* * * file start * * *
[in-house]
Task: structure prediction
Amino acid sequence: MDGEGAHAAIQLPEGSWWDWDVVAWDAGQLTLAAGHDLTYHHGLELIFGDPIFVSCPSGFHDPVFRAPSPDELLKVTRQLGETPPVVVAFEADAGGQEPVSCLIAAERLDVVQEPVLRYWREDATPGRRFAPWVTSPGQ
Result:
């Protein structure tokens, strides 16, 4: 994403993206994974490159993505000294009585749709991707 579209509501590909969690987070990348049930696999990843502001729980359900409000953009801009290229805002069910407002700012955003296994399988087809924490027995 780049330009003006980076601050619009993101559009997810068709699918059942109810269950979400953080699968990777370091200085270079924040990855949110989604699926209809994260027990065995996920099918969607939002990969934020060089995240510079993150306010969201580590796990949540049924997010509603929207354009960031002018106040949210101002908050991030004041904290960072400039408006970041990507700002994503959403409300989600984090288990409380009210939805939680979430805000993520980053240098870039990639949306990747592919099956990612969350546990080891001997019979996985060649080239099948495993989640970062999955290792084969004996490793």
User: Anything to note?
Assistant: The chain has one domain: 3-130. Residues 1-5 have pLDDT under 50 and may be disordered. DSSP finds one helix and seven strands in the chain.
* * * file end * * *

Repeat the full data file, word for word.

[in-house]
Task: structure prediction
Amino acid sequence: MDGEGAHAAIQLPEGSWWDWDVVAWDAGQLTLAAGHDLTYHHGLELIFGDPIFVSCPSGFHDPVFRAPSPDELLKVTRQLGETPPVVVAFEADAGGQEPVSCLIAAERLDVVQEPVLRYWREDATPGRRFAPWVTSPGQ
Result:
């Protein structure tokens, strides 16, 4: 994403993206994974490159993505000294009585749709991707 579209509501590909969690987070990348049930696999990843502001729980359900409000953009801009290229805002069910407002700012955003296994399988087809924490027995 780049330009003006980076601050619009993101559009997810068709699918059942109810269950979400953080699968990777370091200085270079924040990855949110989604699926209809994260027990065995996920099918969607939002990969934020060089995240510079993150306010969201580590796990949540049924997010509603929207354009960031002018106040949210101002908050991030004041904290960072400039408006970041990507700002994503959403409300989600984090288990409380009210939805939680979430805000993520980053240098870039990639949306990747592919099956990612969350546990080891001997019979996985060649080239099948495993989640970062999955290792084969004996490793």
User: Anything to note?
Assistant: The chain has one domain: 3-130. Residues 1-5 have pLDDT under 50 and may be disordered. DSSP finds one helix and seven strands in the chain.